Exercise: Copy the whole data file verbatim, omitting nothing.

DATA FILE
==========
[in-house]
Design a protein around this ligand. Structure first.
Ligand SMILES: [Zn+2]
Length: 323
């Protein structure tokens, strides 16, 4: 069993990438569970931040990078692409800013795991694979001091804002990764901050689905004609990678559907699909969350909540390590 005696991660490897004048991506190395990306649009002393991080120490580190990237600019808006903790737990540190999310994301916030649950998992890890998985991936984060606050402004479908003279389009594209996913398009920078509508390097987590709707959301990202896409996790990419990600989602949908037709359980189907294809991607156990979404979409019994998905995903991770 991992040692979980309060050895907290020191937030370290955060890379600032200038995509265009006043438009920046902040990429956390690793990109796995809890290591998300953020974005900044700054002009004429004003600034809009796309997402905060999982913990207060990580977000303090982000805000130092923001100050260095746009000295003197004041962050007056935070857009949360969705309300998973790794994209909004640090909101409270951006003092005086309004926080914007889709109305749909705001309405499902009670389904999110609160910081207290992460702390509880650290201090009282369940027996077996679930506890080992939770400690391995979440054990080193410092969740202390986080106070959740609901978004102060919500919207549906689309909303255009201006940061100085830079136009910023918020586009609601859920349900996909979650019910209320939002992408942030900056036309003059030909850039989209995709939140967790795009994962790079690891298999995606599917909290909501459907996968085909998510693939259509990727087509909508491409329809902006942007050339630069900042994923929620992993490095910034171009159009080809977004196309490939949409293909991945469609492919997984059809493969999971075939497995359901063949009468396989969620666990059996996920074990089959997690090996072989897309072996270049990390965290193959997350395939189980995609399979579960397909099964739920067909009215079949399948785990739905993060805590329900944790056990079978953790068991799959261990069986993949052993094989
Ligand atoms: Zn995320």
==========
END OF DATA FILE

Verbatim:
[in-house]
Design a protein around this ligand. Structure first.
Ligand SMILES: [Zn+2]
Length: 323
């Protein structure tokens, strides 16, 4: 069993990438569970931040990078692409800013795991694979001091804002990764901050689905004609990678559907699909969350909540390590 005696991660490897004048991506190395990306649009002393991080120490580190990237600019808006903790737990540190999310994301916030649950998992890890998985991936984060606050402004479908003279389009594209996913398009920078509508390097987590709707959301990202896409996790990419990600989602949908037709359980189907294809991607156990979404979409019994998905995903991770 991992040692979980309060050895907290020191937030370290955060890379600032200038995509265009006043438009920046902040990429956390690793990109796995809890290591998300953020974005900044700054002009004429004003600034809009796309997402905060999982913990207060990580977000303090982000805000130092923001100050260095746009000295003197004041962050007056935070857009949360969705309300998973790794994209909004640090909101409270951006003092005086309004926080914007889709109305749909705001309405499902009670389904999110609160910081207290992460702390509880650290201090009282369940027996077996679930506890080992939770400690391995979440054990080193410092969740202390986080106070959740609901978004102060919500919207549906689309909303255009201006940061100085830079136009910023918020586009609601859920349900996909979650019910209320939002992408942030900056036309003059030909850039989209995709939140967790795009994962790079690891298999995606599917909290909501459907996968085909998510693939259509990727087509909508491409329809902006942007050339630069900042994923929620992993490095910034171009159009080809977004196309490939949409293909991945469609492919997984059809493969999971075939497995359901063949009468396989969620666990059996996920074990089959997690090996072989897309072996270049990390965290193959997350395939189980995609399979579960397909099964739920067909009215079949399948785990739905993060805590329900944790056990079978953790068991799959261990069986993949052993094989
Ligand atoms: Zn995320």